|Beautiful fiery red sunset just outside the Dry Tortugas.|
That little black lump on the left side of the horizon
is Fort Jefferson at the Dry Tortugas National Park.
Never enter a tricky anchorage at night is one of our cardinal rules. It's a basic safety issue. Yet Dry Tortugas, a good day sail from Key West, prompted us to break that rule for the first time.
A few days past the shortest day of the year, we arose before dawn to be greeted by fog!
|Dawn view the morning of our Key West departure to Dry Tortugas.|
Along with visiting French territories at the outset of “Everything’s closed!” long weekends we’ve acquired a talent for finding ourselves enveloped by fog at the outset of key journeys. Or maybe it just seems that way. Both our Jacksonville cruising season starts (click here for more our December 2013 start, and here for our December 2014 start) began that way.
|Arrow marks Fort Jefferson, which is at the Dry Tortugas.|
The land mass at the top of the map is Florida; Key West isthe end of the gray line off and to the left of the peninsula of FloridaThe land mass at bottom of the map is Cuba.
Unwilling to leave an unfamiliar anchorage dotted with derelict boats in semi-darkness (click here to see anchorage in daylight), we waited the extra half hour or so for enough light to penetrate, to demystify our visibility. Nonetheless we were on track completing the 70 nautical miles with an arrival a little after 5 pm -- early enough to drop anchor and enjoy sunset in Dry Tortugas.
Several hours later, Wayne detected a fuel leak. We shifted from motor sailing at six knots, to “pure” sailing at less than four knots. After 45 minutes or so, Wayne found and fixed the fuel leak. “Thank you, Ken and Wanda, for the invaluable spares you sent us from your Pearson 365 sailboat!” exclaimed a grateful Wayne. “You saved the day!”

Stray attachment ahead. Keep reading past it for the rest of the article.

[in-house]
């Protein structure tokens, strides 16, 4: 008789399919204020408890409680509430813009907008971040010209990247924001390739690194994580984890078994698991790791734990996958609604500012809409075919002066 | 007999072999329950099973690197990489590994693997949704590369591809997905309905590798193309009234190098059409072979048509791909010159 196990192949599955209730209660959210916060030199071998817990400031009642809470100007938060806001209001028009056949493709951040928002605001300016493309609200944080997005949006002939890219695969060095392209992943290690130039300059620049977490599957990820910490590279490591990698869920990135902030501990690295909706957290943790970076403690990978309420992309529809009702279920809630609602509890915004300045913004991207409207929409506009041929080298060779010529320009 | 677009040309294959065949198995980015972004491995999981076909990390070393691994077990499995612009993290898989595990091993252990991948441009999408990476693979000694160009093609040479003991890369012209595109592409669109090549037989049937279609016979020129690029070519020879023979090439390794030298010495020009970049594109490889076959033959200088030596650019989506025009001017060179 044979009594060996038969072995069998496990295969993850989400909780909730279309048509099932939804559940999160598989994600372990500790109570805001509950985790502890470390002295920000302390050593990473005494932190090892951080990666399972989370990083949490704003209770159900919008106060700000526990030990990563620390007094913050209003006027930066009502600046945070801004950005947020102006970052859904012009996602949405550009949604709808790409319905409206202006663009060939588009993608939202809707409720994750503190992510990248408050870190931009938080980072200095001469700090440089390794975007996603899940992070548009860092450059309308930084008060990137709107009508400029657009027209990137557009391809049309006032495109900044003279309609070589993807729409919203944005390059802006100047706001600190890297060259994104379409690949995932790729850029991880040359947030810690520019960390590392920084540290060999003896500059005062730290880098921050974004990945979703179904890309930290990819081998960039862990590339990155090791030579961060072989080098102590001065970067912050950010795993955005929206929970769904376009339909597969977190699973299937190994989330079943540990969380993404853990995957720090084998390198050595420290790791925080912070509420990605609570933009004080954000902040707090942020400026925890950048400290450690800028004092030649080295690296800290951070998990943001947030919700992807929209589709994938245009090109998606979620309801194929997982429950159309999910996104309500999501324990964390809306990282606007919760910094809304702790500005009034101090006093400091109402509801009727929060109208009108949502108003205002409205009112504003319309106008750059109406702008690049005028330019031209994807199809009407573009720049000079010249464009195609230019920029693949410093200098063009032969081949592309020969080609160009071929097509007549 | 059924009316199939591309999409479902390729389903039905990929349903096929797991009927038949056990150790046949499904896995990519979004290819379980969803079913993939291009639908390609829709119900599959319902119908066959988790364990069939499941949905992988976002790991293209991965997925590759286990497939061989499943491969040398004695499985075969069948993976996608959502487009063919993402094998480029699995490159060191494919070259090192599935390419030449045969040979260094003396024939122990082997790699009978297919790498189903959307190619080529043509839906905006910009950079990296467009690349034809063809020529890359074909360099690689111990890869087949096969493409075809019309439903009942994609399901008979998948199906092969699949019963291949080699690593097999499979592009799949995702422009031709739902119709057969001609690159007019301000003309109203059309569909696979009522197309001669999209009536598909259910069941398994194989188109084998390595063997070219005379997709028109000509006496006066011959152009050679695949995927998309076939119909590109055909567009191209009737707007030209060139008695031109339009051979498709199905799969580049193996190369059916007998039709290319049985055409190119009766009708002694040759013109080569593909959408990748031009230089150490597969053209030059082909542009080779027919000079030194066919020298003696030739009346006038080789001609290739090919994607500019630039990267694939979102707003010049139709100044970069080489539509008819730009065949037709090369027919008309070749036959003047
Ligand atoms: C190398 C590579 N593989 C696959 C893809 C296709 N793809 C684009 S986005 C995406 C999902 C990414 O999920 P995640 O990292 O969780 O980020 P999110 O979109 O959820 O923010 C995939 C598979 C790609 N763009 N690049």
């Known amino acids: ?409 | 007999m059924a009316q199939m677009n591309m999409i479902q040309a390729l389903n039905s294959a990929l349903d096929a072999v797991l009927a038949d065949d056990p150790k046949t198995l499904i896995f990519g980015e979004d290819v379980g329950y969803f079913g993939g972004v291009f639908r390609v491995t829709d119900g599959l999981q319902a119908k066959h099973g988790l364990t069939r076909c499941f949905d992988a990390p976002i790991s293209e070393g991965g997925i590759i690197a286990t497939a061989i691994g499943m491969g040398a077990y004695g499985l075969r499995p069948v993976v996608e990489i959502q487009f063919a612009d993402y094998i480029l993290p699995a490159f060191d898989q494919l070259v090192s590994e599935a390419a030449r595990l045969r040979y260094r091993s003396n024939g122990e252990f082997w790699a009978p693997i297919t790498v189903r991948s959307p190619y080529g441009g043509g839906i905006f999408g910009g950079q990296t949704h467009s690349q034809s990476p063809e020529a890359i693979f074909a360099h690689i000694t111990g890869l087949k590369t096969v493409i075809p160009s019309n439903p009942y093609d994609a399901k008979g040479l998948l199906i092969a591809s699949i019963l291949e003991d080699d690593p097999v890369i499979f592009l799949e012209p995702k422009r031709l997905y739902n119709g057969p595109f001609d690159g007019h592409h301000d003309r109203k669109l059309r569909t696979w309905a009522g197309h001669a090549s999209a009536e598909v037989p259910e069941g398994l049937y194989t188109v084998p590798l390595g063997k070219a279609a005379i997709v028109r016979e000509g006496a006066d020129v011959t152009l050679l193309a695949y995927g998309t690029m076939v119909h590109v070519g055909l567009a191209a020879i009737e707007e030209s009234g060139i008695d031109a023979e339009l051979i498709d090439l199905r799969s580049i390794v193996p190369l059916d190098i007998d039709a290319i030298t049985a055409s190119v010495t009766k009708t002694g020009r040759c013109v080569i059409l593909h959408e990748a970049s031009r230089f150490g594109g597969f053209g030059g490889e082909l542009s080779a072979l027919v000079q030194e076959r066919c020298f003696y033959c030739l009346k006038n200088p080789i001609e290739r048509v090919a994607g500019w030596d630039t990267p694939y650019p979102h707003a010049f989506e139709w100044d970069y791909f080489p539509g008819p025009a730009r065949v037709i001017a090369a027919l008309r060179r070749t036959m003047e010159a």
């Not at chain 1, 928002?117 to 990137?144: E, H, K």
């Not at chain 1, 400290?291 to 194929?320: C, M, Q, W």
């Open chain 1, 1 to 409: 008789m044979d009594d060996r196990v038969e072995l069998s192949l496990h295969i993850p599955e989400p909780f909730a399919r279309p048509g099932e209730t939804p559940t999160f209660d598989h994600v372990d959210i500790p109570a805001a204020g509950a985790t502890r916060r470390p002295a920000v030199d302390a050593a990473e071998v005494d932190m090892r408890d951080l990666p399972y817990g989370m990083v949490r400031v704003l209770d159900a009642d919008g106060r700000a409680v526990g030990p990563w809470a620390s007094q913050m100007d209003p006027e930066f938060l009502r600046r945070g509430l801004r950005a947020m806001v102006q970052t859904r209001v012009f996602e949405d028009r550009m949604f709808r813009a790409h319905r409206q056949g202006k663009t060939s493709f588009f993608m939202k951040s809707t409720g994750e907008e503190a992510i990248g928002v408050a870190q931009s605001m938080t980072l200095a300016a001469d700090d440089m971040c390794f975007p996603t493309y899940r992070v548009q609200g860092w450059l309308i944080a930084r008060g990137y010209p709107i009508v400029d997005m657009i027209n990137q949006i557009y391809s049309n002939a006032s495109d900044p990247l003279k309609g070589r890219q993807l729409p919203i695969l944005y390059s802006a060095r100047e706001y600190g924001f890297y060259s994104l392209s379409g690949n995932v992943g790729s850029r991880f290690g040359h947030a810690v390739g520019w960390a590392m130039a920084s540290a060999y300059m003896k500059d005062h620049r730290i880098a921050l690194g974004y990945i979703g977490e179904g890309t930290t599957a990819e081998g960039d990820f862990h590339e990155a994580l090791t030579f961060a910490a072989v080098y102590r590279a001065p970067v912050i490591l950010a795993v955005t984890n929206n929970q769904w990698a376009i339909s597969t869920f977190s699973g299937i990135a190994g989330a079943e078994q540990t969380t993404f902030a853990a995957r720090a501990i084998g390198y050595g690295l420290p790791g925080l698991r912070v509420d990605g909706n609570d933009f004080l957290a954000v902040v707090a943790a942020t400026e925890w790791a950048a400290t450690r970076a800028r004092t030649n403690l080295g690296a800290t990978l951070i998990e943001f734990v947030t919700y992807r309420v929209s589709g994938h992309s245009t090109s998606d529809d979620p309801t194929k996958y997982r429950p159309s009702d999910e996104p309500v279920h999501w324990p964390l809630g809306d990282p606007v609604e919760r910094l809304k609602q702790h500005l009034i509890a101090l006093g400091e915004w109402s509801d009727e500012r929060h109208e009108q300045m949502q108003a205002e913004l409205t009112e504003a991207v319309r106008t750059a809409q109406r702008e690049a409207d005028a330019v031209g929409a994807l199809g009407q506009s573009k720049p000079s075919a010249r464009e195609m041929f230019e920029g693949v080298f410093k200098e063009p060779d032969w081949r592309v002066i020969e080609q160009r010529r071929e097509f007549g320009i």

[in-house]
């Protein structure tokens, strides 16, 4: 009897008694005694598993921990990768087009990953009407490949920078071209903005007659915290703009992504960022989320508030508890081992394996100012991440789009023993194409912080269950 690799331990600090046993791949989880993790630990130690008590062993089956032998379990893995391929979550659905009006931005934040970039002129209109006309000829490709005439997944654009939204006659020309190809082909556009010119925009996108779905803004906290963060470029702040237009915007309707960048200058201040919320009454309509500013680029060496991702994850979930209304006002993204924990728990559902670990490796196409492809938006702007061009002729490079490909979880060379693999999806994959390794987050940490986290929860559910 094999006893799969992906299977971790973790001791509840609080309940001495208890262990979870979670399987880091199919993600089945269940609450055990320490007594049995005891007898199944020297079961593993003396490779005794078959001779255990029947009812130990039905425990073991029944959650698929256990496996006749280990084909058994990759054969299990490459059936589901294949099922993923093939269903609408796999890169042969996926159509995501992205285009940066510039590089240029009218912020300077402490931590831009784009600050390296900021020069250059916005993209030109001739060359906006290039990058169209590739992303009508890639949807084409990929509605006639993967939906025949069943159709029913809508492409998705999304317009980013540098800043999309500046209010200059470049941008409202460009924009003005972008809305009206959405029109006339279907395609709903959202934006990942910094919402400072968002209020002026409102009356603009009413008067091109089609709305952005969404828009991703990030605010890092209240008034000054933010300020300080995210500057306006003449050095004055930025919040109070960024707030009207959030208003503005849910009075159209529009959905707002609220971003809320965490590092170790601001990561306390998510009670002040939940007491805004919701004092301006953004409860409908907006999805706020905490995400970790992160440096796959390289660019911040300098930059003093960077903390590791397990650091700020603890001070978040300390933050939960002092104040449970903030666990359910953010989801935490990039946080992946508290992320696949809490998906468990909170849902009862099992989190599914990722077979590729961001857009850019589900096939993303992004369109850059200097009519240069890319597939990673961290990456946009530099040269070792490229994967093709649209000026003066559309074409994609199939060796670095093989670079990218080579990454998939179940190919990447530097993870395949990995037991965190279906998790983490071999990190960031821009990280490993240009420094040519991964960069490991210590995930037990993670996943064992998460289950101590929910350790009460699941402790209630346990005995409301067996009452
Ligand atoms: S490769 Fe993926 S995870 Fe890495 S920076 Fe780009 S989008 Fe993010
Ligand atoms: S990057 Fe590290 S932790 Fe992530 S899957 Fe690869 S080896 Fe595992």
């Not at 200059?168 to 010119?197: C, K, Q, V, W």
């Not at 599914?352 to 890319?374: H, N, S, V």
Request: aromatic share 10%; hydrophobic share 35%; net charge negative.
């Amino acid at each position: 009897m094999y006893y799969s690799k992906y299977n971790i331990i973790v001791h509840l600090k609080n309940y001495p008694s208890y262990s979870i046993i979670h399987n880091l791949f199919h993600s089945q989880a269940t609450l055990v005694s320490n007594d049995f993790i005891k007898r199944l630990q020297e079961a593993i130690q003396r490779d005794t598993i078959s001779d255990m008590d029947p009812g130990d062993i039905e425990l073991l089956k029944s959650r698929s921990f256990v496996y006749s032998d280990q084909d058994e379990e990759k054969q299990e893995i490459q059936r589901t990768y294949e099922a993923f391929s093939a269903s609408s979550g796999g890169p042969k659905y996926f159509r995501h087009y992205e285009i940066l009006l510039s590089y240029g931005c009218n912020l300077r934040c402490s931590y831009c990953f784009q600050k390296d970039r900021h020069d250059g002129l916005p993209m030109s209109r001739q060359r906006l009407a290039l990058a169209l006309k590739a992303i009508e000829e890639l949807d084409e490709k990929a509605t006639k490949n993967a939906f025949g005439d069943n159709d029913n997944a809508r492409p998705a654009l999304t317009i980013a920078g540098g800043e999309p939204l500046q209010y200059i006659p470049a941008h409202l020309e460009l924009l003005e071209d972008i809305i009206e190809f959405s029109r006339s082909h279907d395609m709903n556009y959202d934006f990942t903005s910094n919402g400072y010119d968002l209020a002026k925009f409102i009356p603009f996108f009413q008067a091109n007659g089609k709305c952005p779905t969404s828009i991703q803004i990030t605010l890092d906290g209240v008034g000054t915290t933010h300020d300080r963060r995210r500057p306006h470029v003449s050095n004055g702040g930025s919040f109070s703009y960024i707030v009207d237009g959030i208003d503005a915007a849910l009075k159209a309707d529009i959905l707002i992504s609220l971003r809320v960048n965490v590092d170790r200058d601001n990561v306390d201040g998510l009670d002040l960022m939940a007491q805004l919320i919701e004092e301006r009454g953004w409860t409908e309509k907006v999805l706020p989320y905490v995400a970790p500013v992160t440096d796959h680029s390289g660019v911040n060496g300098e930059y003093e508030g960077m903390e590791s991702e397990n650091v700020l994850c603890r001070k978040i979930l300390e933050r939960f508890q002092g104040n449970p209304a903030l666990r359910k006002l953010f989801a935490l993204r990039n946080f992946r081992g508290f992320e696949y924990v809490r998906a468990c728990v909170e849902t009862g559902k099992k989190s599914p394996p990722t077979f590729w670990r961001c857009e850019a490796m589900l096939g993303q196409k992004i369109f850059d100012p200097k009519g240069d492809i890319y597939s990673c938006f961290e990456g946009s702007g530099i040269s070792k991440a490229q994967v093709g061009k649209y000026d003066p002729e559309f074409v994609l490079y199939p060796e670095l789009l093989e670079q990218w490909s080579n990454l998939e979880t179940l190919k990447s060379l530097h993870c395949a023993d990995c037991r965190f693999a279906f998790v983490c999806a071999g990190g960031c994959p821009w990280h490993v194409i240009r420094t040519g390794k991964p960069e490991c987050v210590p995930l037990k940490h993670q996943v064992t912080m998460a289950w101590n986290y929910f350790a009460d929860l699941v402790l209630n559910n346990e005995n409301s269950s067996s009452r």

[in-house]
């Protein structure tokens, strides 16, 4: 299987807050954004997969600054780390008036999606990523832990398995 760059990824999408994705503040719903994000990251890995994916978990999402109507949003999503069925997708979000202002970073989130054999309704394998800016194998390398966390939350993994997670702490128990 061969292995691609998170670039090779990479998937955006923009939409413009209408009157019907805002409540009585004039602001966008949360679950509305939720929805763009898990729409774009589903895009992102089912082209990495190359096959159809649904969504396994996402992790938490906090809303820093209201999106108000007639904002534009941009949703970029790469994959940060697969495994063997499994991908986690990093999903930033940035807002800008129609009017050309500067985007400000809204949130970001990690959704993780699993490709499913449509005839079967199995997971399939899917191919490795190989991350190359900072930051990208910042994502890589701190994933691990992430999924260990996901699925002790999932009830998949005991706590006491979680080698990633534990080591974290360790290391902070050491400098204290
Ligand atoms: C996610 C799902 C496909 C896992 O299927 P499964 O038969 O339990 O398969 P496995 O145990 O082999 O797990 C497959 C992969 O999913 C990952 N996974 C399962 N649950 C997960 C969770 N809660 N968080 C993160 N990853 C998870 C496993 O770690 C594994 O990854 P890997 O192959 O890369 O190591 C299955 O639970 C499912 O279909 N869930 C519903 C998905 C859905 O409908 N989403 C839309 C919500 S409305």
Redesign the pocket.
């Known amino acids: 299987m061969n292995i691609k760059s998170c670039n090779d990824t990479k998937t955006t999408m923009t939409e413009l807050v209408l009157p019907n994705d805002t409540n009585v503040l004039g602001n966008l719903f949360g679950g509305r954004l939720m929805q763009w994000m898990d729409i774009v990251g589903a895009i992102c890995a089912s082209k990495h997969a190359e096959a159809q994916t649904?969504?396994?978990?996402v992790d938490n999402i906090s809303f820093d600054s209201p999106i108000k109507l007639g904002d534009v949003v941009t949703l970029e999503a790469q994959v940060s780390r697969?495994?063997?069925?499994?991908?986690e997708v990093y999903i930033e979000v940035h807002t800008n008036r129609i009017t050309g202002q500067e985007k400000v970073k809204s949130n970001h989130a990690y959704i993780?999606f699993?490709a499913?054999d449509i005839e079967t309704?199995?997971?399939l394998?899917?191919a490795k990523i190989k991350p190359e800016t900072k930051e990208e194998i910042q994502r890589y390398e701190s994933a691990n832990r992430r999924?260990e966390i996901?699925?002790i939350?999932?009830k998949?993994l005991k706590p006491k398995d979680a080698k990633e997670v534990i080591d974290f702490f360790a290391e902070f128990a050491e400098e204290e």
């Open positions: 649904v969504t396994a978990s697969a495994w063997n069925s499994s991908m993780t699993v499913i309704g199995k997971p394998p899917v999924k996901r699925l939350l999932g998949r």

We were already nearly halfway to the Dry Tortugas, past the turnoff to Boca Grande, and reticent to return to Key West. We knew at this stage we’d arrive near sunset.
|We anchored to the right of Fort Jefferson off Garden Key,|
by that little anchor symbol to the lower right of the fort.
With light winds, and snagging two crab pot lines (clickhere to read about F---ing Crab Pots) we watched the sun set in view of Dry Tortuga’s Fort Jefferson -- but we were still a half hour away from dropping anchor in its protected park harbor.
Wayne navigated the harbor ably, thanks in part to good advice from Ron of “Last Dance”, our neighbor in Boca Chica Marina. We dropped the anchor in the darkness, with Wayne resorting to using a flashlight to secure it properly.
|Arial view of Dry Tortugas with a Fort Jefferson as the focal point.|
At dawn, it appeared we’d anchored on the fringe of the channel’s entrance. Were we between the channel markers or outside them? We weren’t quite sure. Perhaps getting buzzed by a few of the local fishing boats should’ve been our clue. Once we hopped into our dinghy to head over to the park, it was embarrassingly obvious. We were indeed inside the channel. That's a faux pas equivalent to parking your car far enough away from the curb to block the thoroughfare.
We hung a u-turn, clambered back aboard Journey, and promptly re-anchored in a more appropriate spot.
Rules are made to be broken. Yet, anchoring after dark in the Dry Tortugas provided a perfect example of why there are rules.
|Currently, we are here, in Panama's Bocas del Toro province.|
January 19, 2015. Retrospective of December 27-28 2014, USA, Dry Tortugas, Florida’s Southernmost point (N24.37.556 W82.57.668). Dry Tortugas was our last stop in the United States on our way to Panama. We are currently in Bocas del Toro Panama (N09.20.142 W82.40.718), catching up after a dearth of internet, and exploring and preparing for our trip through the Panama canal, gateway to our South Pacific sailing adventure.